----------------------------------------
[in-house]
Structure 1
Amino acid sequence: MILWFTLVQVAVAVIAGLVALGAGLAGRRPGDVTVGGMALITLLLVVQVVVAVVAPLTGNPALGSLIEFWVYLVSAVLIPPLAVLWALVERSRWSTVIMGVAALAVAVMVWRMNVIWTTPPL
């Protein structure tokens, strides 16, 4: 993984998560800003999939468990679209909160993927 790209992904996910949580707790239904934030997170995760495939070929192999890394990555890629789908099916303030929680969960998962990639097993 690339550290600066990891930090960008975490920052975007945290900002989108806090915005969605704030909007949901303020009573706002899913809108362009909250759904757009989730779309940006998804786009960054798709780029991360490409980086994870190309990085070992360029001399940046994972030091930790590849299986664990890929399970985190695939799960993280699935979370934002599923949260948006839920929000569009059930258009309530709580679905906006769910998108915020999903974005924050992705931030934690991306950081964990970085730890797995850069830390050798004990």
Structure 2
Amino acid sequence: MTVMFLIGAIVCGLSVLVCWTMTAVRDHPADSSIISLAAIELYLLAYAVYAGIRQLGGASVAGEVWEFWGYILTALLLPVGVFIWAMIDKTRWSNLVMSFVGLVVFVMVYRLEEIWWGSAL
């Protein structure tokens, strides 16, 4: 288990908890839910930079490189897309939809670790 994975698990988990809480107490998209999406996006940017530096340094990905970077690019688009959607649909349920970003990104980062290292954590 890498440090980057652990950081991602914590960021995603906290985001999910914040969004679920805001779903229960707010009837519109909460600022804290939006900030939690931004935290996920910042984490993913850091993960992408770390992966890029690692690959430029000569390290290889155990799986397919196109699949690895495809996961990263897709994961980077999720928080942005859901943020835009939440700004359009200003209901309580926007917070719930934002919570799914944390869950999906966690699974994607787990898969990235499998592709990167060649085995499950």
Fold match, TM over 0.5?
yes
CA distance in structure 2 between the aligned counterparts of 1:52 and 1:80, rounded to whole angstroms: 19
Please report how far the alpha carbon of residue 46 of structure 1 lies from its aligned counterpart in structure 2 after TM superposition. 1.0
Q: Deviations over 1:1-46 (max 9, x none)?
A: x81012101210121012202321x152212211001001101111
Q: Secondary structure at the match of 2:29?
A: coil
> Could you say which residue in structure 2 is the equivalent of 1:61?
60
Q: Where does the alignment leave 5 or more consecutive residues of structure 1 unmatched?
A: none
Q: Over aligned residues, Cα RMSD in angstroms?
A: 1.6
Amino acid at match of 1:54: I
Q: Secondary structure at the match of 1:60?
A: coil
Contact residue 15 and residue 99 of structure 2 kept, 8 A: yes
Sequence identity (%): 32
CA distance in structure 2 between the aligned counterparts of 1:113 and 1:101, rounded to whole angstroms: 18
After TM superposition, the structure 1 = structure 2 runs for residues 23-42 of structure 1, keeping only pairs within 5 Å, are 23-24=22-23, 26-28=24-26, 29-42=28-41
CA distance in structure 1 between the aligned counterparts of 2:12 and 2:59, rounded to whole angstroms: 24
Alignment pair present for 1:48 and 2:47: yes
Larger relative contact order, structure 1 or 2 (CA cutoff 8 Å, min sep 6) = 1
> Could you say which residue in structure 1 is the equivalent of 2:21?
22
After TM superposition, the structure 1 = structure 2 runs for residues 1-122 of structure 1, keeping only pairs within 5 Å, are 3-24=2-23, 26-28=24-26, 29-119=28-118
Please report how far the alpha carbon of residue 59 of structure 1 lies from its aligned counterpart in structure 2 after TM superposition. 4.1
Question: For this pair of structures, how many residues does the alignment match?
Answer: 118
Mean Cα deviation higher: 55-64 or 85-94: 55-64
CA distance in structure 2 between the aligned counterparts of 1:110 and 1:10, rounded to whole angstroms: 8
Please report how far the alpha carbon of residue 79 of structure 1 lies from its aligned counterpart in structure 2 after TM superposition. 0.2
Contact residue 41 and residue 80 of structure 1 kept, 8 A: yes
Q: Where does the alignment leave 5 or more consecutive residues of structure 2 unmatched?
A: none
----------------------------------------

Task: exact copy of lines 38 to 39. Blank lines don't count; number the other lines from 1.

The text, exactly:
Mean Cα deviation higher: 55-64 or 85-94: 55-64
CA distance in structure 2 between the aligned counterparts of 1:110 and 1:10, rounded to whole angstroms: 8